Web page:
• Go to the gym or exercise on your own: walk, run, bike, etc.
  • Talk to family and friends for support
  • Read about whatever you may be going through (e.g., look up concerns online)
  • Watch TV
  • Sleep
  • Write in a journal
  • Pray
  • Meditate
  • Have a hot bath, shower, or sauna
  • Read a book, newspaper, or magazine
  • Cry
  • Eat your favorite food
  • Get or give a massage
  • Socialize with others
  • Laugh or make others laugh
  • Play a board game
  • Listen to music
  • Make music
  • Garden
  • Play with your pet
  • Splash cold water on your face
  • Talk to an Elder,
  • Go on a nature hike
  • Go to a sweat lodge ceremony
  • Turn to traditional medicines
  • Pray/give thanks to the Creator
  • Make a drum
  • Drum and/or sing traditional songs
  • Bead
  • Deal with mental health issues within the family
  • Smudge
  • Connect to the land (e.g., by going to a park or going back to your Aboriginal community)
  • Turning to your ceremonies.
  • Elders and healers can work with those who have more severe mental health issues
  • Bring different caregivers together to address all dimensions of the self

**Go to the Emergency Room or check yourself into an inpatient unit if there is concern that you may harm yourself***


Canadian Mental Health Association
t: 416-535-8501

Information about individual psychiatrists, listed by speciality area (affective disorders, schizophrenia), location and languages spoken.

The 519
t: 416-392-6874

Offers trauma-informed counselling services that prioritize the experiences and support needs of LGBTQ2S+ people. Does provide free in house counselling (up to six sessions). Some services offered through this organization require a fee, but all are sliding scale.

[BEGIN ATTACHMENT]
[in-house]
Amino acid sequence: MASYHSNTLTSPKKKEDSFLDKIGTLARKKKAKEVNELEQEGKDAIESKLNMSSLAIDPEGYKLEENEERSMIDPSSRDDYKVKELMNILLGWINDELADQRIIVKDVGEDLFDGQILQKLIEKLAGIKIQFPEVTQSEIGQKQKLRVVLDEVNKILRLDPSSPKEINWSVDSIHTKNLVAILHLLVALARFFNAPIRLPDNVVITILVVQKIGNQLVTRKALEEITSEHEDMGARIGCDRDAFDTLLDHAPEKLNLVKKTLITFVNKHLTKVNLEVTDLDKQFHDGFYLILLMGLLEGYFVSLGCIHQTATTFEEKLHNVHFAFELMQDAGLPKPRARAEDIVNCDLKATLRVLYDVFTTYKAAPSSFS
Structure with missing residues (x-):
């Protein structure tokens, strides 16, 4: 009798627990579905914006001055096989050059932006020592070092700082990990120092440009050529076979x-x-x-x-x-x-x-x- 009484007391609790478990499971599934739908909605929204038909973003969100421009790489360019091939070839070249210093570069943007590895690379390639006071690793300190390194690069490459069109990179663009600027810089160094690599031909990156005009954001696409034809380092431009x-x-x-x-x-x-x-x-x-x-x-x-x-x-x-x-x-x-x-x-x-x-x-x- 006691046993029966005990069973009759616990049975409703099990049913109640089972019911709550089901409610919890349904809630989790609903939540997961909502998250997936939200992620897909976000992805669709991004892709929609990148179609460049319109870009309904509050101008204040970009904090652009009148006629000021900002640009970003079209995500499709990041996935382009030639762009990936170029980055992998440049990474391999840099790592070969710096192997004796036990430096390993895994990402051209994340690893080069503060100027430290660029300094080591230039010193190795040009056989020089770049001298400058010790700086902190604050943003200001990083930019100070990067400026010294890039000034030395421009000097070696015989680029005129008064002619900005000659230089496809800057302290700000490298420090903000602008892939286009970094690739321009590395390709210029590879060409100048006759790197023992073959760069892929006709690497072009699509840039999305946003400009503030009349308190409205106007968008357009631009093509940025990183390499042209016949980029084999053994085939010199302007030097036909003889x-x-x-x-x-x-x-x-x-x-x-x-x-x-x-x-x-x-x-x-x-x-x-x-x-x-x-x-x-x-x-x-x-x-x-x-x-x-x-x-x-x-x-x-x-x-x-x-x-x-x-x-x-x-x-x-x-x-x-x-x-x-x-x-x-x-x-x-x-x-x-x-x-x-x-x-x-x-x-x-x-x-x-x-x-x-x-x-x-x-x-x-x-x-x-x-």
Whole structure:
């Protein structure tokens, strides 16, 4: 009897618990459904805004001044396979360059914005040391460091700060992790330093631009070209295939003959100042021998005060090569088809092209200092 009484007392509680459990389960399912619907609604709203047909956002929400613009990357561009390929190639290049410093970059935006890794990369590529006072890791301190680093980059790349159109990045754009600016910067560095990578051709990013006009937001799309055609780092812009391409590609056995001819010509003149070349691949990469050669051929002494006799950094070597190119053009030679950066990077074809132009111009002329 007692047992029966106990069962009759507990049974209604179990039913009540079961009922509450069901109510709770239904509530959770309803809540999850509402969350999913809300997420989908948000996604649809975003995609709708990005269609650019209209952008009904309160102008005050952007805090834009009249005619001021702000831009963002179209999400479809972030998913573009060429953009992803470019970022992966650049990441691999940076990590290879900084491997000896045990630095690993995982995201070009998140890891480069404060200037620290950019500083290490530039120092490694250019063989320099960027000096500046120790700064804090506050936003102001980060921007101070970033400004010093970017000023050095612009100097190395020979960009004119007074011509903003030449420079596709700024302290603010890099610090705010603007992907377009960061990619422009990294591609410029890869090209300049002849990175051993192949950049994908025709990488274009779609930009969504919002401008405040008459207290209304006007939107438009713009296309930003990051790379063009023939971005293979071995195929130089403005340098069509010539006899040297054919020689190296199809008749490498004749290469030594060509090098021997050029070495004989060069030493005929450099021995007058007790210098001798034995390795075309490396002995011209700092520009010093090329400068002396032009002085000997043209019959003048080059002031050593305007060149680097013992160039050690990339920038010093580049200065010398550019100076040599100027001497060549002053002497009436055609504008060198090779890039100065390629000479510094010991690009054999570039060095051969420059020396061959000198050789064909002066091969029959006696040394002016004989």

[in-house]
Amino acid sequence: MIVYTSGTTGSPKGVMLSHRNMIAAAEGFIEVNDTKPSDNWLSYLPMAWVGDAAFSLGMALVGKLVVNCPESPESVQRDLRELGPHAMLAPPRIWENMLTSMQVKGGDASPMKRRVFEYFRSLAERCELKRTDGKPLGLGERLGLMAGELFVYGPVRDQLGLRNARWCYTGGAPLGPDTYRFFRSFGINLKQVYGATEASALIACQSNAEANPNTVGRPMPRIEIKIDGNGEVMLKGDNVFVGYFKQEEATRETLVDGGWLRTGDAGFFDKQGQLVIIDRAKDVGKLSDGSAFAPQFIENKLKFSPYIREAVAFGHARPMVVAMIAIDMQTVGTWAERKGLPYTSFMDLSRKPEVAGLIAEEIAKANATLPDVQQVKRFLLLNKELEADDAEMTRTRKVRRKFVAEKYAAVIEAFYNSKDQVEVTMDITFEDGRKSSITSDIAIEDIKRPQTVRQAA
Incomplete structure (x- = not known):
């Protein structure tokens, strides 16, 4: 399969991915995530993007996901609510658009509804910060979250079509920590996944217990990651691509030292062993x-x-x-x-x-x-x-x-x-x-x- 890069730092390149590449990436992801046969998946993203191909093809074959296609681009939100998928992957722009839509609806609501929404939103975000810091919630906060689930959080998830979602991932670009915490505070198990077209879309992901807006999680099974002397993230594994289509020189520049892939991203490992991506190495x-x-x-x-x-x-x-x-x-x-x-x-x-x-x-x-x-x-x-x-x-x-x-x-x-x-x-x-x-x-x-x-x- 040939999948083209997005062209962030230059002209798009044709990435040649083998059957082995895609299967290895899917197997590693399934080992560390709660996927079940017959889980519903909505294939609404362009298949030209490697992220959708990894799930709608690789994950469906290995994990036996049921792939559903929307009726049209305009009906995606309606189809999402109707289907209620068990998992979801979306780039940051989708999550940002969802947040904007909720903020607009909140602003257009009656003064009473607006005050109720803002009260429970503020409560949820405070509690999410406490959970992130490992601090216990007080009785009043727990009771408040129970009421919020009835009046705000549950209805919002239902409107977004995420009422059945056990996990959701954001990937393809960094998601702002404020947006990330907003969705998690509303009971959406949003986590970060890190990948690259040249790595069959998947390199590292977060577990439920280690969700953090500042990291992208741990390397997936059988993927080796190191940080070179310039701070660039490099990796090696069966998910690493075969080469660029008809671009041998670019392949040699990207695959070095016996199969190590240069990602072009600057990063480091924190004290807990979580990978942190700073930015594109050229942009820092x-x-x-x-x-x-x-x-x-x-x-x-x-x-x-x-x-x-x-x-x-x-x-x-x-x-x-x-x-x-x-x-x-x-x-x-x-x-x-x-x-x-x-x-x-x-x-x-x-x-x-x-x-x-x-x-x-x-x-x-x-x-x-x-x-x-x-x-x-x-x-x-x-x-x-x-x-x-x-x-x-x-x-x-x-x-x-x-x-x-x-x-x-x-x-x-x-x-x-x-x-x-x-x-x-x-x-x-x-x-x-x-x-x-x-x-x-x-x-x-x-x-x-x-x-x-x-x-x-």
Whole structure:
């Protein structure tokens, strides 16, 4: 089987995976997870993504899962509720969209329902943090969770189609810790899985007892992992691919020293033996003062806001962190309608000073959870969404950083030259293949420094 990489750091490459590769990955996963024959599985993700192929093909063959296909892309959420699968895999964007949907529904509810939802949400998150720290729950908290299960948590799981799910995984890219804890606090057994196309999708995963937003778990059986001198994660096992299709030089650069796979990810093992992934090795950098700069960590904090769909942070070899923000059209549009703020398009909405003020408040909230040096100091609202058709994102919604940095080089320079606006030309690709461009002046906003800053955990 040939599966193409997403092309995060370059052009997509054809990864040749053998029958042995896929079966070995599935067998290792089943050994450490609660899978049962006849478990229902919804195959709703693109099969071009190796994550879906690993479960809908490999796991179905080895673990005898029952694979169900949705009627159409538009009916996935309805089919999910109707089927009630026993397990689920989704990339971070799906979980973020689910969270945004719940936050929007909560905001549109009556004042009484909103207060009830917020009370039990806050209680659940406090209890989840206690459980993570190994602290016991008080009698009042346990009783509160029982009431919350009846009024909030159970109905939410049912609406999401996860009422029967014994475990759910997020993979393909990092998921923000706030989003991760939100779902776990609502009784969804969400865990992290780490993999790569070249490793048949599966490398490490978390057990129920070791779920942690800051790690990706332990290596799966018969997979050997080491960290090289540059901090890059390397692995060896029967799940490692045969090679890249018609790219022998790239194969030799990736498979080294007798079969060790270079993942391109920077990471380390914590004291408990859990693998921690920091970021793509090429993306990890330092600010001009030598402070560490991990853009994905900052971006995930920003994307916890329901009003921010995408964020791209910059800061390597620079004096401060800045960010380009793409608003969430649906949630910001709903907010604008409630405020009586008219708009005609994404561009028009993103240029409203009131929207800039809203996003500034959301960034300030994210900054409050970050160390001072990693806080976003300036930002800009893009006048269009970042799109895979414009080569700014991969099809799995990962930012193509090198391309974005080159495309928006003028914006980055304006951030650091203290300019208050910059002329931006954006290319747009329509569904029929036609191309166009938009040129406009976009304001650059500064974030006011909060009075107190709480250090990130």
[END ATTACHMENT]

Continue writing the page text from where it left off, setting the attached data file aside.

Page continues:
For more information visit:
CAMH – Trauma: Where to go when you’re looking for help 

Crisis Lines:

Assaulted Women’s Helpline 
Telephone support for women experiencing violence
t: 1-866-863-0511

Victim Services Toronto
24/7 crisis line for individuals who have experienced trauma, crime or tragedy
t: 416-808-7066

Toronto Rape Crisis Centre
Telephone support for individuals who have been sexually assaulted
t: 416-597-8808

Central Family Intake
Shelter intake line for women and children fleeing abuse
t: 416-397-5637

Good2Talk Post-Secondary Student Helpline
Good2Talk is a free, confidential and anonymous helpline providing professional counselling and information and referrals for mental health, addictions

t: 1-866-925-5454
Area Served: Ontario
16 – 30 years

Métis Nation of Ontario (MNO)
Métis Nation of Ontario (MNO) offers a 24-hour Mental Health and Addictions Crisis Line.

w: Mental Health and Addiction Services
t: 1-877-767-7572

Area Served: Ontario
All ages

Ontario Poison Centre
The Ontario Poison Centre is a telephone toxicology consultation service providing expert poison advice 24 hours a day.

toll-free: 1-800-268-9017
toronto: 416-813-5900

Area Served: Ontario
All ages

Crisis Services Canada
Crisis Services Canada is a national network of existing distress, crisis and suicide prevention line services.

t: 1-833-456-4566 (Crisis Line)

Area Served: Canada
All ages

First Nations and Inuit Hope for Wellness Help Line
The hope for Wellness Help Line offers immediate help to all Indigenous peoples across Canada 24/7.

t: 1-855-242-3310

Area Served: Canada
All ages

Youth Space is an online crisis & emotional support chat service. They are open from 6PM- Midnight PST, 365 days a year.

t: 778-783-0177 (text only)


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In Their Moccasins Copyright © by Sarena Johnson is licensed under a Creative Commons Attribution-NonCommercial-NoDerivatives 4.0 International License, except where otherwise noted.